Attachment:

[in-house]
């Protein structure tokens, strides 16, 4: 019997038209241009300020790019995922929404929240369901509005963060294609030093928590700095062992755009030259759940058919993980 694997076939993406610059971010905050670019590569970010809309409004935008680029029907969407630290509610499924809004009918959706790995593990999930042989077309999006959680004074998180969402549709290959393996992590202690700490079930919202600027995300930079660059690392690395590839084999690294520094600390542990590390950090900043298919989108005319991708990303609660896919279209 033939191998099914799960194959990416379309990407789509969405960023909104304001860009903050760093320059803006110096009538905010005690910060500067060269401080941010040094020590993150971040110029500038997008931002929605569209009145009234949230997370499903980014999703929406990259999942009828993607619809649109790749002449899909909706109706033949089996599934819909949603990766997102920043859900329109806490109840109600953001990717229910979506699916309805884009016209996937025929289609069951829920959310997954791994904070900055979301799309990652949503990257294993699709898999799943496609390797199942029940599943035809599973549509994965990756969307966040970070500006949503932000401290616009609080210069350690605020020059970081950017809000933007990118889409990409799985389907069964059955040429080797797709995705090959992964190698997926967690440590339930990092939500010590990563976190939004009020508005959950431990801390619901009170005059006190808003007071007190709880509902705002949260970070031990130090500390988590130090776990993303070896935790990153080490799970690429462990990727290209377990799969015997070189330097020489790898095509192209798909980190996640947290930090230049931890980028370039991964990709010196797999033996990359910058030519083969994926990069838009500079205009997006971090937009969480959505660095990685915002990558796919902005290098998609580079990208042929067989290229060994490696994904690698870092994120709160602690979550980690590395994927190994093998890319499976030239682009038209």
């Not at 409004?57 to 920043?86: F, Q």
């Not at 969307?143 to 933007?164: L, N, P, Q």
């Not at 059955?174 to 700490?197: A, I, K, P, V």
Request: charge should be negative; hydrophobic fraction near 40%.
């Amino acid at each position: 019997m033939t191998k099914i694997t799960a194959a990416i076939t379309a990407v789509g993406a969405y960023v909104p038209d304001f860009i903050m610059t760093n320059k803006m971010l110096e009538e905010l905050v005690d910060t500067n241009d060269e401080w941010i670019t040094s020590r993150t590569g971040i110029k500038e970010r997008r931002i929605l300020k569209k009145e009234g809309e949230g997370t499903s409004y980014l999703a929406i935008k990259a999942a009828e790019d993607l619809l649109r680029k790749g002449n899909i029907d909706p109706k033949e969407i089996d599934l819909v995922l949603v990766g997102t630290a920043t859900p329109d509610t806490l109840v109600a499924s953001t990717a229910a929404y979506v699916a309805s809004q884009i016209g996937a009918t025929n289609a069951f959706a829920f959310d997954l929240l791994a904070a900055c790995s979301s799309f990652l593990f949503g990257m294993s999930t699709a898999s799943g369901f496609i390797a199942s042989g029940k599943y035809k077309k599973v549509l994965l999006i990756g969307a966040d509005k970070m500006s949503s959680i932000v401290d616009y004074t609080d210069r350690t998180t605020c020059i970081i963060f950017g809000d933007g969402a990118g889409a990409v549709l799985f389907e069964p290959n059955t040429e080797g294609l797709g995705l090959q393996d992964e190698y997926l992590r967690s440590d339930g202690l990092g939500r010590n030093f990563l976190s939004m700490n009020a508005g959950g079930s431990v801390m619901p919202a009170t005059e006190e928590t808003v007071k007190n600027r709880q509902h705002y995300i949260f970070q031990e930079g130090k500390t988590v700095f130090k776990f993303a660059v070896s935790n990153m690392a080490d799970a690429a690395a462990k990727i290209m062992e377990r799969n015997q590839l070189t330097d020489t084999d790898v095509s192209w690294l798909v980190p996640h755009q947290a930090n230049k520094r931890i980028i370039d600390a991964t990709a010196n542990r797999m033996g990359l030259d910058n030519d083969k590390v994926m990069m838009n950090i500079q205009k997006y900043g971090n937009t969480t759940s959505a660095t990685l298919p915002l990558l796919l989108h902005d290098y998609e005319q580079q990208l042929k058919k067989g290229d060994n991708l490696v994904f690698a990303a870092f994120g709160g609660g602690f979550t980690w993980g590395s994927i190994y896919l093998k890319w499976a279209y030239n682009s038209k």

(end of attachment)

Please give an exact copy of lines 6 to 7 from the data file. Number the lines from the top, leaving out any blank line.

Request: charge should be negative; hydrophobic fraction near 40%.
């Amino acid at each position: 019997m033939t191998k099914i694997t799960a194959a990416i076939t379309a990407v789509g993406a969405y960023v909104p038209d304001f860009i903050m610059t760093n320059k803006m971010l110096e009538e905010l905050v005690d910060t500067n241009d060269e401080w941010i670019t040094s020590r993150t590569g971040i110029k500038e970010r997008r931002i929605l300020k569209k009145e009234g809309e949230g997370t499903s409004y980014l999703a929406i935008k990259a999942a009828e790019d993607l619809l649109r680029k790749g002449n899909i029907d909706p109706k033949e969407i089996d599934l819909v995922l949603v990766g997102t630290a920043t859900p329109d509610t806490l109840v109600a499924s953001t990717a229910a929404y979506v699916a309805s809004q884009i016209g996937a009918t025929n289609a069951f959706a829920f959310d997954l929240l791994a904070a900055c790995s979301s799309f990652l593990f949503g990257m294993s999930t699709a898999s799943g369901f496609i390797a199942s042989g029940k599943y035809k077309k599973v549509l994965l999006i990756g969307a966040d509005k970070m500006s949503s959680i932000v401290d616009y004074t609080d210069r350690t998180t605020c020059i970081i963060f950017g809000d933007g969402a990118g889409a990409v549709l799985f389907e069964p290959n059955t040429e080797g294609l797709g995705l090959q393996d992964e190698y997926l992590r967690s440590d339930g202690l990092g939500r010590n030093f990563l976190s939004m700490n009020a508005g959950g079930s431990v801390m619901p919202a009170t005059e006190e928590t808003v007071k007190n600027r709880q509902h705002y995300i949260f970070q031990e930079g130090k500390t988590v700095f130090k776990f993303a660059v070896s935790n990153m690392a080490d799970a690429a690395a462990k990727i290209m062992e377990r799969n015997q590839l070189t330097d020489t084999d790898v095509s192209w690294l798909v980190p996640h755009q947290a930090n230049k520094r931890i980028i370039d600390a991964t990709a010196n542990r797999m033996g990359l030259d910058n030519d083969k590390v994926m990069m838009n950090i500079q205009k997006y900043g971090n937009t969480t759940s959505a660095t990685l298919p915002l990558l796919l989108h902005d290098y998609e005319q580079q990208l042929k058919k067989g290229d060994n991708l490696v994904f690698a990303a870092f994120g709160g609660g602690f979550t980690w993980g590395s994927i190994y896919l093998k890319w499976a279209y030239n682009s038209k």